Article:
Lucid Motors to showcase production model of its electric sedan this April

Shawn Knight

TechSpot Staff
Staff member

Lucid was founded in 2007 as Atieva, focusing primarily on building powertrains and batteries for other electric vehicle makers. In late 2016, the company rebranded as Lucid and set about developing its own EV. As Faraday Future’s outlook started to look less certain, Lucid emerged as a potential frontrunner to challenge Tesla in the rapidly materializing electric auto market.

The $1 billion investment it landed from Saudi Arabia didn’t hurt matters, either.

Lucid said it is in the process of building 80 prototypes of the Lucid Air at its Silicon Valley headquarters. These vehicles, said to be highly representative of the final production model, will be used for exhaustive testing of traction and stability controls, braking and steering systems, chassis and body tuning and in crash testing.

The company is hard at work building out its production facility in Casa Grande, Arizona, as well. Lucid said most of the structural steel will be in place by the end of February. The hope is that the first pre-production models will start rolling off the assembly line early in the fourth quarter followed by mass production by the end of the year.

Interested parties can reserve their own Lucid Air with a $1,000 deposit.

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wiyosaya

TS Evangelist
Honestly, I do not know how two recent quarters of marginal results from Tesla, after years of hemorrhaging money, and a bloated stock price equate to Tesla doing well in recent memory.

That said, I think it is great that there are more players entering the EV market.
 
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VitalyT

Russ-Puss
TechSpot Elite
If it holds true, then both Lucid and Rivian start mass production in the last quarter of this year. This can herald the end for Tesla, as they will have nothing that excels. Lucid beats Tesla in both performance + luxury. Rivian beats Tesla in both range and practicality all around.

And that's not to mention what's in store from the German trinity of Audi + BMW + Mercedes. We may finally have good cars to choose from.
 

MilwaukeeMike

TS Evangelist
If it holds true, then both Lucid and Rivian start mass production in the last quarter of this year. This can herald the end for Tesla, as they will have nothing that excels. Lucid beats Tesla in both performance + luxury. Rivian beats Tesla in both range and practicality all around.

And that's not to mention what's in store from the German trinity of Audi + BMW + Mercedes. We may finally have good cars to choose from.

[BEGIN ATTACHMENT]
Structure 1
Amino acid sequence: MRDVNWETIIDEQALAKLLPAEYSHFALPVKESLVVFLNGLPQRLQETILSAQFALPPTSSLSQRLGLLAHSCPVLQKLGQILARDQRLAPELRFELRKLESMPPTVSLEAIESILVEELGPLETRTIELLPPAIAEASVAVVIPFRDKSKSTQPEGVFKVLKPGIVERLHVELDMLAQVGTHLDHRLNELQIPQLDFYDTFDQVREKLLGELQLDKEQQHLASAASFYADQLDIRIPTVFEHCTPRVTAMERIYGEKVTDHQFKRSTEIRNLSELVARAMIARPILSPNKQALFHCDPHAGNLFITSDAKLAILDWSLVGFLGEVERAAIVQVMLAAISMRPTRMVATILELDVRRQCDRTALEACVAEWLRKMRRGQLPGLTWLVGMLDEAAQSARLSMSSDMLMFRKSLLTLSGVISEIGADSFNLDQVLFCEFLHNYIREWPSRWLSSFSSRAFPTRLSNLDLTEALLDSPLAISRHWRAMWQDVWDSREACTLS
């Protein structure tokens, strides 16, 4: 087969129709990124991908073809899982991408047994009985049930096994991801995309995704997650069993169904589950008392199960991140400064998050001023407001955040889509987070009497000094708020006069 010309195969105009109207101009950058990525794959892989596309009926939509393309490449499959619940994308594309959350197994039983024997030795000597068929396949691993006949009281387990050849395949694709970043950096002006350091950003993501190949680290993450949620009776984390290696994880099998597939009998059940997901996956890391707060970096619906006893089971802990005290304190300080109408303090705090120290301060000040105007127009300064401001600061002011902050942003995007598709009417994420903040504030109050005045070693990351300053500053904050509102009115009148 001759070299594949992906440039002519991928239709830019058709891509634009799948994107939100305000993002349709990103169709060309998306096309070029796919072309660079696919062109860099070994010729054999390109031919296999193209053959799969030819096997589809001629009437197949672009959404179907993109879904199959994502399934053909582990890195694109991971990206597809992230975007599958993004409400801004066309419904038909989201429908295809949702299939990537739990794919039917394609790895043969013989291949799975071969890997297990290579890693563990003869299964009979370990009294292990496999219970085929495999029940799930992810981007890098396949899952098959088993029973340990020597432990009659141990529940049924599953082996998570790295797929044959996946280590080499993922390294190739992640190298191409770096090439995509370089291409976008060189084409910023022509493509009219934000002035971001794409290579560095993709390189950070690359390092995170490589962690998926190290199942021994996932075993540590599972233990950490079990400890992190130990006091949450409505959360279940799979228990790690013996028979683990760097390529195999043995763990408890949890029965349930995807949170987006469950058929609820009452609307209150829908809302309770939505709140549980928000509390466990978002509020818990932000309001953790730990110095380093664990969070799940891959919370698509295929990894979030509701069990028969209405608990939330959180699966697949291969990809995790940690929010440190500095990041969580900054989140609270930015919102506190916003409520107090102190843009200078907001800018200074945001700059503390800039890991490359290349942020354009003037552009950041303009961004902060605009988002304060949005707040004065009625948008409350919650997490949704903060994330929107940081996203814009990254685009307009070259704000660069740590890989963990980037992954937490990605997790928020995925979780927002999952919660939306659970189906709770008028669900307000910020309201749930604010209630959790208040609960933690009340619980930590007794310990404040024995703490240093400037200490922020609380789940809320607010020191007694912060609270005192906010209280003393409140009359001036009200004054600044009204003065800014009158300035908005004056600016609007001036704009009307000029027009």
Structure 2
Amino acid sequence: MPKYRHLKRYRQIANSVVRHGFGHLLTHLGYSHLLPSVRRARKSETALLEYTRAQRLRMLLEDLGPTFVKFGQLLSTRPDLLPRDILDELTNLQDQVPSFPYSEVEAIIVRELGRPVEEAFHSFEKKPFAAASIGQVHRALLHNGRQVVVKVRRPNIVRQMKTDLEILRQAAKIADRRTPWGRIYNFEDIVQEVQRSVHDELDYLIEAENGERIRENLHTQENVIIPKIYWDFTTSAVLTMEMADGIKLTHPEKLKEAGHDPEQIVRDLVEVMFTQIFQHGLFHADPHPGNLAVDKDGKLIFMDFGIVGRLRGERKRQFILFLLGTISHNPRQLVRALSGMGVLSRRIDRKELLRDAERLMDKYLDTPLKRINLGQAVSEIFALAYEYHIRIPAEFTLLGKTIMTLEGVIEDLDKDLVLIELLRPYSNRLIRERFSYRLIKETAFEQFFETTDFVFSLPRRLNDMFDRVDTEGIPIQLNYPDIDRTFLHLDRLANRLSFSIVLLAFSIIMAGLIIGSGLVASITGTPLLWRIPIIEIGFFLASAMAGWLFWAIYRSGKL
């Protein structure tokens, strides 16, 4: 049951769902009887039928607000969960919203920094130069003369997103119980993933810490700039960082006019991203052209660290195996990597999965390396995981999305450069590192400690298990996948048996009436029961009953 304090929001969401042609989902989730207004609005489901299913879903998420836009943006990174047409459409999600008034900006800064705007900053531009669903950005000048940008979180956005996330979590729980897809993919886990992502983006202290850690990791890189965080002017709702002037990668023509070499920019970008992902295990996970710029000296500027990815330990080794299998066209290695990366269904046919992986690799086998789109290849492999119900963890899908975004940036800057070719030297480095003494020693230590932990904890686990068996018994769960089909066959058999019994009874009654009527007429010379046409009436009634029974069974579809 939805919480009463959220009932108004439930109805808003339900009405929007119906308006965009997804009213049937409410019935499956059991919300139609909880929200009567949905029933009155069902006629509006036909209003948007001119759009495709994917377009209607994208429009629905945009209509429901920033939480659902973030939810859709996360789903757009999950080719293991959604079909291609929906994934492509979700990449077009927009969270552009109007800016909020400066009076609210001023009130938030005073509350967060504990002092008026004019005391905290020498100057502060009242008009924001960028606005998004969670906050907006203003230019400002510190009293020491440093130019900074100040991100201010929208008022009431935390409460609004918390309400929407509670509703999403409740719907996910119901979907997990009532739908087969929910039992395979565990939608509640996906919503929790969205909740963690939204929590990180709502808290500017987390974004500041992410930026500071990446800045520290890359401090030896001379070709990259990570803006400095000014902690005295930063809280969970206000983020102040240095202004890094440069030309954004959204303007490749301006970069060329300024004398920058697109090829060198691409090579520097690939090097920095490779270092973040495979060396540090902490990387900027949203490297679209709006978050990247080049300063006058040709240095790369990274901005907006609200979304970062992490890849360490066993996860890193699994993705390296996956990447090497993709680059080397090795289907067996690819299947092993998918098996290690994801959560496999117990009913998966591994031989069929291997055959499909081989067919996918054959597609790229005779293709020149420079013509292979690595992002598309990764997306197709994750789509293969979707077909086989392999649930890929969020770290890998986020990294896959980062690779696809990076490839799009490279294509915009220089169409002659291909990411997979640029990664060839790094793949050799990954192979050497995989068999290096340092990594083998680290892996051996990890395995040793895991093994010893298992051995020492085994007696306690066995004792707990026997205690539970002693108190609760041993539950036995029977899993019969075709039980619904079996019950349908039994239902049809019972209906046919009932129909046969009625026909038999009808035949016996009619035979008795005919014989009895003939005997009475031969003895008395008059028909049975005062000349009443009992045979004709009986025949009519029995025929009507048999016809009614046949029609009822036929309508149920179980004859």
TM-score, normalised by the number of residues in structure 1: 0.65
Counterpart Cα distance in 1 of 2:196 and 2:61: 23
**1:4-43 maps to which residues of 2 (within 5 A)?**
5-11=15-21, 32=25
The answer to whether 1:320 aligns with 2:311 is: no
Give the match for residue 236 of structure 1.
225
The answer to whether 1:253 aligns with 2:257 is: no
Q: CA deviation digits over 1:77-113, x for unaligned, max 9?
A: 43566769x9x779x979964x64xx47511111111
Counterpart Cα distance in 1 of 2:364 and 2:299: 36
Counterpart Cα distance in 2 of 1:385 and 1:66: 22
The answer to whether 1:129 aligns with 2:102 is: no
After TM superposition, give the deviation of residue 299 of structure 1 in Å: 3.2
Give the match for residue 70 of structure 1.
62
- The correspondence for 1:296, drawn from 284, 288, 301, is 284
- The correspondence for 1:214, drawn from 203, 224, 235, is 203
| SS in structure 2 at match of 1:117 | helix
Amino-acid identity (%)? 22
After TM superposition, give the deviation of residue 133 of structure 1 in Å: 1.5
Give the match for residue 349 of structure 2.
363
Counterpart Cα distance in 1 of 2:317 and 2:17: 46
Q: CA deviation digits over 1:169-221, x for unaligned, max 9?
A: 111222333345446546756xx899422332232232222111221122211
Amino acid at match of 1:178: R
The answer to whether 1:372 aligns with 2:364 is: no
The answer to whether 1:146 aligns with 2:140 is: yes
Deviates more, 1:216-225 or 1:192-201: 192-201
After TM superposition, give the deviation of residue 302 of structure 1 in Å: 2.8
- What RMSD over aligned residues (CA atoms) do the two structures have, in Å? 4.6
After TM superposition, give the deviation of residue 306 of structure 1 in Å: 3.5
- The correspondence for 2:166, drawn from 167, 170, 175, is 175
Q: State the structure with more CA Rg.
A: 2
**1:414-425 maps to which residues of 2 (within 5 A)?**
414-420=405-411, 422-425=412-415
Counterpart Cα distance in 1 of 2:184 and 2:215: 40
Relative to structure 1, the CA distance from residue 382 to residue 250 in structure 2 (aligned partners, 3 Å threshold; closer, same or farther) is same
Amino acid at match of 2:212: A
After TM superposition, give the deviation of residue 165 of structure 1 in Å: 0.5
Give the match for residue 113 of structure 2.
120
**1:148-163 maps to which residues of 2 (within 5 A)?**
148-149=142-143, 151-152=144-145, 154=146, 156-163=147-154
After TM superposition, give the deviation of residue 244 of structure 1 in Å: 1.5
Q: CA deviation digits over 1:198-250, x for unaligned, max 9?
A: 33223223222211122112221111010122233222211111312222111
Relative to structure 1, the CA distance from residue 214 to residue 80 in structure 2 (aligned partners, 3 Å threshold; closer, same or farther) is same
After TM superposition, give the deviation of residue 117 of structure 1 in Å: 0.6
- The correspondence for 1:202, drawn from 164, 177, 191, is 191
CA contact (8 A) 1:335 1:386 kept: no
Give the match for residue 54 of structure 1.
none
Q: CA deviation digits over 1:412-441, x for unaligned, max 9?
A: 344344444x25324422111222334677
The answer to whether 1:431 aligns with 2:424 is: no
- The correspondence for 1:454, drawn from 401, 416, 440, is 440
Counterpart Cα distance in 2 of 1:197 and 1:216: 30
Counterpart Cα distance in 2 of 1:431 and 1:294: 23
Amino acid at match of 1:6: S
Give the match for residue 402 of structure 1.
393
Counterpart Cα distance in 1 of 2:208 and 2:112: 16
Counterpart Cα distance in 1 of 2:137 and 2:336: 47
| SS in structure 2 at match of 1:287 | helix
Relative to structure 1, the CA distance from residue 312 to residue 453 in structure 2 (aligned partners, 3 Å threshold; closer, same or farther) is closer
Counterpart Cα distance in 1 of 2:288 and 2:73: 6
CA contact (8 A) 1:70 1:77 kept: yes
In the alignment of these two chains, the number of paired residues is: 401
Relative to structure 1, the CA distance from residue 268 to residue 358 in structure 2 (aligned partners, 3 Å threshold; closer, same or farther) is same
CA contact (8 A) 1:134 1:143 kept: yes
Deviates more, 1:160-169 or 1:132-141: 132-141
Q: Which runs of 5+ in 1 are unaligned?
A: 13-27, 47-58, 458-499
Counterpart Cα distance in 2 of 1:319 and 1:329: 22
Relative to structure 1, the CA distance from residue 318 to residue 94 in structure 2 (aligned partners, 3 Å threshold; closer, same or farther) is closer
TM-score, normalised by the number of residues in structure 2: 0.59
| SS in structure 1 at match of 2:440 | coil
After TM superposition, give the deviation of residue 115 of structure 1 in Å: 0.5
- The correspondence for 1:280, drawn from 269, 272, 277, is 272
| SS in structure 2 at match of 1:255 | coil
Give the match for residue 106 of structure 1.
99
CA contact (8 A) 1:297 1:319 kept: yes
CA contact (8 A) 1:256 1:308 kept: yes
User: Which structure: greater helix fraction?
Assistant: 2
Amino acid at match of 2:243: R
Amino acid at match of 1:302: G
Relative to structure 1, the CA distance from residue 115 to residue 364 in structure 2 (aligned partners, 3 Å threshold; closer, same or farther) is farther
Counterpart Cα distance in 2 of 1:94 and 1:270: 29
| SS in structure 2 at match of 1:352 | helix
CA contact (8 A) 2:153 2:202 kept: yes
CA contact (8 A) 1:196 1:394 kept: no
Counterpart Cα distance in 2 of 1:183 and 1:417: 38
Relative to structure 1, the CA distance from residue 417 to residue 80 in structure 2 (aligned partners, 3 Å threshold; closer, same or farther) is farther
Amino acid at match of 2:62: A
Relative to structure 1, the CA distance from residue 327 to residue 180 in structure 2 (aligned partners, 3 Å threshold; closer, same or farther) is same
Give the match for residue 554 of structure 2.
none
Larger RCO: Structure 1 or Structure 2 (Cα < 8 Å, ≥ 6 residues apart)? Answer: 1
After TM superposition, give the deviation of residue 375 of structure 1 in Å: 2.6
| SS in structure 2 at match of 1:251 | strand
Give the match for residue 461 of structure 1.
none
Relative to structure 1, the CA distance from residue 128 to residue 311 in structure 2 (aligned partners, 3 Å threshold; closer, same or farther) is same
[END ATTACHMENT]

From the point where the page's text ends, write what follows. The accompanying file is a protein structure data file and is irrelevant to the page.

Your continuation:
The end of Tesla? I'll believe it when I see it. Tesla's stock price is now over $500 a share, which means that a LOT of people are willing to bet real money that Tesla is going to be a major leader in the industry in the future. How much money would you bet that this is the end of Tesla? If you think they're done, there's no better time to short them.

Maybe Rivian and Lucid will be better cars (for a similar price?), but there's room for all three.
 

captaincranky

TechSpot Addict
The end of Tesla? I'll believe it when I see it. Tesla's stock price is now over $500 a share, which means that a LOT of people are willing to bet real money that Tesla is going to be a major leader in the industry in the future. ...[ ]....
I'm sticking to my story that holding Tesla stock prices that high, is just another one of Musk's mind games.

The number of stocks available, divided by the estimated value of the company, is a far better measure.

By holding stock prices that high, Musk is trying to inflate the value and esteem of the company. Other companies would split the stock, to allow lower tier investors a shot a buying in.

But this way Musk, as it were, is standing on his soap box, proclaiming, "my company's stock is more valuable the the industry giants.

But at least Ford and GM are likely turning profits and paying dividends, not losing a quarter billion dollars a quarter.

The more money Musk puts in his own pockets and Tesla loses, the more people seem to hang on his every word. I'm beginning to think Musk would rival P.T.Barnum as "the best carnival barker ever".
 
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MilwaukeeMike

TS Evangelist
I'm sticking to my story that holding Tesla stock prices that high, is just another one of Musk's mind games.

The number of stocks available, divided by the estimated value of the company, is a far better measure.
The number of shares available divided by the value is the price.

Outstanding shares * stock price = Market Capitalization (aka, total value of the company)